I recommend being persistent, innovative, and open to alternatives. Stay focused and stay driven -- some doors will open for you; others need a push. 

Karen Wonnenberg - Rupert Construction Supply

What kind of business do you run? What is your role?

I started Rupert Construction Supply in 2002 – providing material supplies to contractors building bridge, highway and other civil engineering transportation projects. Rupert Construction Supply is a Disadvantaged Business Enterprise (DBE), a Woman-Owned Business Enterprise (WBE), and a Small Business Enterprise (SBE). My role has evolved to cover everything from business development and project management, to sales and customer relations.

Where are you headed as a Small Contracting Business?

Rupert Construction Supply has been concentrated on bridges for much of the business, but I wanted to find a stronger niche, taking bridge concepts and finding more business in highway and rail, and water/wastewater treatment projects.

I have considered having less involvement in daily operations to focus more on business development and other segments of the industry now that Rupert is established as a strong company and has employees. My new focus is to empower our staff to take on more day-to-day responsibilities to make that transition possible.

Why did you choose to be involved with the PDC?

The PDC was an opportunity to collaborate, get help and offer help with other people and businesses in the industry. Networking and finding that others in the industry were having similar problems, and learning their solutions, has been a good way to grow Rupert Construction Supply in a positive direction.

What challenges have you faced and what motivated you to solve them?

Starting a business from scratch can be a lonely endeavor; not having peers to collaborate with, or talk about the business or any problems you are facing. Doing it on your own and hoping you’re making the right decisions is difficult. Having a group or alliance where you can talk to someone about your concerns, has been a great way to mitigate those issues, and adding voices to the discussion can be extremely helpful

How has the PDC helped you face these challenges?

Learning the value of networking and being reminded that developing relationships with other businesses is key in customers and peers within your own industry. It is important to know that help is available, to learn about different business practices, to talk about contracts, and understand things to watch out for. Meeting face-to-face, it is easier to find out what frustrations and challenges your potential clients face. Hearing about the problems they have and their experience can be the start of you finding them a solution.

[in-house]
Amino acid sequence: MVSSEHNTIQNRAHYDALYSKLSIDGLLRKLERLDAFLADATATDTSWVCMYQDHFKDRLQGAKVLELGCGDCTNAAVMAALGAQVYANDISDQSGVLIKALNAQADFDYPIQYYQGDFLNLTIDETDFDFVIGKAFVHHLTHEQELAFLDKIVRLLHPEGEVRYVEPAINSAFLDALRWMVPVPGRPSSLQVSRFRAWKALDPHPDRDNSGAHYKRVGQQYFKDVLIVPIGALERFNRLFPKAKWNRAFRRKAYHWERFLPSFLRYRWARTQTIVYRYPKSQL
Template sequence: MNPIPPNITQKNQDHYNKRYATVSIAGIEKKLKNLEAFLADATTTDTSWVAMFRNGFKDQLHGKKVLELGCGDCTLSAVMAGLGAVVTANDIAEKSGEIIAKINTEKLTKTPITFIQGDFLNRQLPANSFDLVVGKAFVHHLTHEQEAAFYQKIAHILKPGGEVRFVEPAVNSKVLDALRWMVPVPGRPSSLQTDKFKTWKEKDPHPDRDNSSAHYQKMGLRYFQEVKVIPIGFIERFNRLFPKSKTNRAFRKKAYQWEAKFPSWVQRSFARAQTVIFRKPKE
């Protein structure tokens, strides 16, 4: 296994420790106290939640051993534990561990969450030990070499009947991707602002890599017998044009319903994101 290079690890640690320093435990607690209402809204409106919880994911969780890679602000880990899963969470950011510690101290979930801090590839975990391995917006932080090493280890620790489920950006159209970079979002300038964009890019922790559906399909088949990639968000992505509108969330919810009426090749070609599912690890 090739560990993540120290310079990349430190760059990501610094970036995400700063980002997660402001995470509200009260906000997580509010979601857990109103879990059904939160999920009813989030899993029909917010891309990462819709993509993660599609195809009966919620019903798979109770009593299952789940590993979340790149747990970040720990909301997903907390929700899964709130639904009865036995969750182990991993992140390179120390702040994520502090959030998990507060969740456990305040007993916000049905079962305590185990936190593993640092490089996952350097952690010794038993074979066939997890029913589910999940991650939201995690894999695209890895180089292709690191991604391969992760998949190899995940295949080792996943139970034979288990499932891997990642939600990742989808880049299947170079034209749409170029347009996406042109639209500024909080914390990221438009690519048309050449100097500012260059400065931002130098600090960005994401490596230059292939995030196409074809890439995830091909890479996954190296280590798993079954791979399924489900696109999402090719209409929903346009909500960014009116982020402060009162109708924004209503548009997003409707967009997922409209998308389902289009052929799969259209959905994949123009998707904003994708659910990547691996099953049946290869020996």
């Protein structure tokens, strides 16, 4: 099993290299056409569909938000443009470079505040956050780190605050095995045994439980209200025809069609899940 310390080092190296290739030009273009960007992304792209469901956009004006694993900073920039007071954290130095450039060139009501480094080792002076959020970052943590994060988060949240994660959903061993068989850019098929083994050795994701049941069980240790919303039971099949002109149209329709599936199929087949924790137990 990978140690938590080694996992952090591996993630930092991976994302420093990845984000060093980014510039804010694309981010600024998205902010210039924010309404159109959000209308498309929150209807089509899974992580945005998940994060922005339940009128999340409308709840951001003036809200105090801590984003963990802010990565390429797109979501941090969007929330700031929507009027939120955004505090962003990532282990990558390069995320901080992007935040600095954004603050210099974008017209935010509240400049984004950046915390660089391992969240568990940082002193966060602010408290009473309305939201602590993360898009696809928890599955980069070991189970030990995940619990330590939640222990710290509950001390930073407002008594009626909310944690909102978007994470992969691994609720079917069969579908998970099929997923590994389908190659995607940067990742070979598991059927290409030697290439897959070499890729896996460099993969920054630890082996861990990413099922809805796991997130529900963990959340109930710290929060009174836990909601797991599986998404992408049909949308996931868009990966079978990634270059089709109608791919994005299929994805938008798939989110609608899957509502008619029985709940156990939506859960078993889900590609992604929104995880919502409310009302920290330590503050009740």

What have you learned about your small business due to your participation in PDC workshops?

PDC workshops are a networking opportunity, in a less formal setting, and networking is relationship building. Relationships are the key element in these businesses and this industry. Rupert Construction Supply gets work, not just because they are a DBE, but because they take care to cultivate relationships and deliver good products. And it’s not just a one-way street; it’s nice to be able to offer contacts or help to others as well.

From PDC workshops, I have learned how important it is to be persistent with quotes, follow-up calls, in-person meetings, and learning ways of showcasing value added. When you understand the risk that a contractor takes on by working with you, you have to work hard to make them comfortable and prove yourself. Show them what you can do.

What would you say to other businesses facing challenges? What role has the PDC played?

Start, don’t think about it, just start. For me, it started with one product: bridge bearing pads. My knowledge and experience provides value to large contractors.  I learned something new, then another thing, then another, consistently demonstrating that our experience at Rupert adds value. Just start, and do what is needed as it comes up. Build on successes, even if they are small.

Final thoughts?

To find a way in, you’ve got to be better somehow; hustle, find some way of adding value. Set aside time to continue networking, get in front of them and solidify relationships. So much of this market depends on good relationships, and the PDC provides the platform to work together.

As a DBE, be prepared to do the work. Don’t wait to be handed something by the contract. You need to be successful with or without the DBE certification, so operate as a business, not as a DBE business. The certification is just an added incentive to the contractor. The PDC encourages contractors to give opportunities, but doesn’t guarantee success. That comes from you.